Saturday: I arrived at 1515 just after 8:30--which would ordinarily be pushing my luck, anyway, but doomed me this night to miss most of the openings. Both the performance in the parking lot and the promised after-partying seemed to encourage everyone to shut down and get the heck out early.
I apparently also missed the most dynamic part of the YAY team's performance: They pulled into the parking lot in their El Camino; both artists were clad in black leotards (how else would you know it was performance art?), and wielding sledgehammers.
I'm told that they kicked out the car's front window and dramatically rolled out onto the hood...but by the time I had arrived, they were just slowly pacing around the car, effortfully raising their sledgehammers and letting them bounce ineffectually off of the car's frame.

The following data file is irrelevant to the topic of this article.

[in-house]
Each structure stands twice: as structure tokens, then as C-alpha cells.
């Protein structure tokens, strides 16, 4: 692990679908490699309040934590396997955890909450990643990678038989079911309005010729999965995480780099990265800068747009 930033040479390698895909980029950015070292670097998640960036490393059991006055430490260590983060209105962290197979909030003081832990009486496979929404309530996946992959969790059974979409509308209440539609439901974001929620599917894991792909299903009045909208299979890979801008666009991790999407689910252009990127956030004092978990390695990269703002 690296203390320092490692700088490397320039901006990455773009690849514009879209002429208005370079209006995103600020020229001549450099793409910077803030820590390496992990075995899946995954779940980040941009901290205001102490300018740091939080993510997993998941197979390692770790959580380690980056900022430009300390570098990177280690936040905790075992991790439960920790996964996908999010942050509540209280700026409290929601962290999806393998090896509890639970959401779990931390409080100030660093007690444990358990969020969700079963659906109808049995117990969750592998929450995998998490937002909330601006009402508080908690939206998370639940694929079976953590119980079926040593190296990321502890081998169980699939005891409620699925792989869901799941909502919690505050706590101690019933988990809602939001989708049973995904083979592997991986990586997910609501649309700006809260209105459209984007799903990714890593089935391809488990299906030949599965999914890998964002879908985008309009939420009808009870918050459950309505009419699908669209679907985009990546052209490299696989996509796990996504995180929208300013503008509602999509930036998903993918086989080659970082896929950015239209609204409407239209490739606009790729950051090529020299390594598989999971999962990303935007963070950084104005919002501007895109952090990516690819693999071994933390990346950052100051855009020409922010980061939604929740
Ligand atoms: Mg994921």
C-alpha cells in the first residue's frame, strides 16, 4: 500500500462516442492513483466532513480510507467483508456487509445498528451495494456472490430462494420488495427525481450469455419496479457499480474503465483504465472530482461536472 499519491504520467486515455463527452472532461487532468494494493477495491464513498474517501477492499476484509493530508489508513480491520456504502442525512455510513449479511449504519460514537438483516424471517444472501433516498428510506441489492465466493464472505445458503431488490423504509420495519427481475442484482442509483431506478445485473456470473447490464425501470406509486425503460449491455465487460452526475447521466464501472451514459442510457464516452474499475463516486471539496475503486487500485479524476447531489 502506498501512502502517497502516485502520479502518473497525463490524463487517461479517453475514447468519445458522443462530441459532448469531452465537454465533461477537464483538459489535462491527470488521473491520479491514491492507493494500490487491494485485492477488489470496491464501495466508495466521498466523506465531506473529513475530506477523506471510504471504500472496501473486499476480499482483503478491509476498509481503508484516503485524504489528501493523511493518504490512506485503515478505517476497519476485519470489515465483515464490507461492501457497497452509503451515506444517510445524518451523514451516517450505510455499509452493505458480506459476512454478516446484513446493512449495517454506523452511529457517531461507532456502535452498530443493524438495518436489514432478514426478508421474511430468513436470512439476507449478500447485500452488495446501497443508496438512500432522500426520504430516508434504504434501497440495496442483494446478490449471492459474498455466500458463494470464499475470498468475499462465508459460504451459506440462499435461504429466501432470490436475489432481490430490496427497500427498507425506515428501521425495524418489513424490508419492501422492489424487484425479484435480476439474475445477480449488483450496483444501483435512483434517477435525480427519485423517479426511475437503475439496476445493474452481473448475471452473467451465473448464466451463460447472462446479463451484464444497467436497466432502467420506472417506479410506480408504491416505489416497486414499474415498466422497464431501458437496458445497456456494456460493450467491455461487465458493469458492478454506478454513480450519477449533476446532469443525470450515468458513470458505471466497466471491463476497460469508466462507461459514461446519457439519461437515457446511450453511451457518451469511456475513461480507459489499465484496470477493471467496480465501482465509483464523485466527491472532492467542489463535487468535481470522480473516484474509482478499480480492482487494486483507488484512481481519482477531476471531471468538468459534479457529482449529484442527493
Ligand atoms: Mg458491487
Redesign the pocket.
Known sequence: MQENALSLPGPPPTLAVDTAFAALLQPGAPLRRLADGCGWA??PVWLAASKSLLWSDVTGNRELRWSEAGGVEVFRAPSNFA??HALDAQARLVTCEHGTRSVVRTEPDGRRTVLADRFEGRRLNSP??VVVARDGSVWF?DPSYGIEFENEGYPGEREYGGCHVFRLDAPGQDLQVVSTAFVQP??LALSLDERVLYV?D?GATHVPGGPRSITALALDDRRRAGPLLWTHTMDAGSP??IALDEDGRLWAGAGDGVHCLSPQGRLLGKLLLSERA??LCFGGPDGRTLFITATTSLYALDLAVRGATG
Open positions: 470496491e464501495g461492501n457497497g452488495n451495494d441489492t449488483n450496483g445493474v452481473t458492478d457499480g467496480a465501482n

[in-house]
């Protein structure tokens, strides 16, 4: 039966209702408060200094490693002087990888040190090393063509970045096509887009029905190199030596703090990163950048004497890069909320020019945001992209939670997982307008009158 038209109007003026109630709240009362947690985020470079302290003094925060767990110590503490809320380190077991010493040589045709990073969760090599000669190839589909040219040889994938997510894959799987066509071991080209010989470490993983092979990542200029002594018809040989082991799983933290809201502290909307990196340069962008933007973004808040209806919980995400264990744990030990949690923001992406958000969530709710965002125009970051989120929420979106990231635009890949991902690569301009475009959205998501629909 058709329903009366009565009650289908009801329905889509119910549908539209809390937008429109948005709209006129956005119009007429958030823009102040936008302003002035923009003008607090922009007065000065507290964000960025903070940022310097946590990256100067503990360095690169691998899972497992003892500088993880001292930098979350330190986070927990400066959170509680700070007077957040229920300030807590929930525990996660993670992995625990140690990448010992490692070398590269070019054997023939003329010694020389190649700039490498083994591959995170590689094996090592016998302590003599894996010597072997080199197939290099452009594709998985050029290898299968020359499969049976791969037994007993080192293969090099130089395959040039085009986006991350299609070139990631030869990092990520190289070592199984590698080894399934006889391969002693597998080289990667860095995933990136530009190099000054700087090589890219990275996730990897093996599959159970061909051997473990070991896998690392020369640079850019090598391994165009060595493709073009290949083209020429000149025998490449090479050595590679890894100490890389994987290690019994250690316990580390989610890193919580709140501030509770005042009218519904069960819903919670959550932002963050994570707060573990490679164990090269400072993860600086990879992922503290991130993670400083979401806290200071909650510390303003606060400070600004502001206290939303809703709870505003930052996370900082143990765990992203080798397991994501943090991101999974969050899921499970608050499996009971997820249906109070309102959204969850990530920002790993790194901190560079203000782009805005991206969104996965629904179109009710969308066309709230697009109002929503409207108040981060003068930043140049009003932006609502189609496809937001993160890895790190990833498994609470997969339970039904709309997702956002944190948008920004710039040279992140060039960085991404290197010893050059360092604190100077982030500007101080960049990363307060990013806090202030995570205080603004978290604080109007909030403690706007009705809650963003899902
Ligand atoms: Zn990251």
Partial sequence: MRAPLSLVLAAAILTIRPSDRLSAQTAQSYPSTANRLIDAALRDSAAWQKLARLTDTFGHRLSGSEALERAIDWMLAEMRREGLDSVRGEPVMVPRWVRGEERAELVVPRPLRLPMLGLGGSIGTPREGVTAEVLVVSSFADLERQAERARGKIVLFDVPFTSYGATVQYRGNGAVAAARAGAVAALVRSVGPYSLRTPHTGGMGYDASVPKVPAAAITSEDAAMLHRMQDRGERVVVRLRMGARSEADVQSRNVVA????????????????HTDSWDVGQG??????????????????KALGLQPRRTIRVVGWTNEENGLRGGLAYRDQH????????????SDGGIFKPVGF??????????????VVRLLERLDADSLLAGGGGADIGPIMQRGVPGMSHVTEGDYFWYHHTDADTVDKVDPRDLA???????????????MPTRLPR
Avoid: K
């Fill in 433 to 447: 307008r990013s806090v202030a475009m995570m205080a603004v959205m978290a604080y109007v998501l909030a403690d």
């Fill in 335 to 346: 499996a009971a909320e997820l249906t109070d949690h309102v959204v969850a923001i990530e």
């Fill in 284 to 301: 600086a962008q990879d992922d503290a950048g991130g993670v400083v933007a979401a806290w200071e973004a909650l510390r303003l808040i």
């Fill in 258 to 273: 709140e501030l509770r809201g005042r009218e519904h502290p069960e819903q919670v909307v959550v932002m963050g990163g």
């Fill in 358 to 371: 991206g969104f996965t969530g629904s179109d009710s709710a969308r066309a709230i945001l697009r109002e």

I'm also told that the car was actually their car, which certainly adds some sort of dearness to the piece. It was, after all, billed as a "goodbye to guilt"--presumably the guilt of owning a gas guzzling car. But the kooky uniforms made the event feel less like a personal adieu to materialism and more like bad theater, or like one of those college/frat house fundraisers that includes car smashing as part of the entertainment.
I did enjoy hearing the hammer blows as I walked up the street and approached the crowd, and also enjoyed seeing the responses of some accidental spectators. Otherwise, I don't know. Still, I was happy for the change of pace, and frankly would like to see a lot more performances, successful or not, happening in conjunction with the usual openings.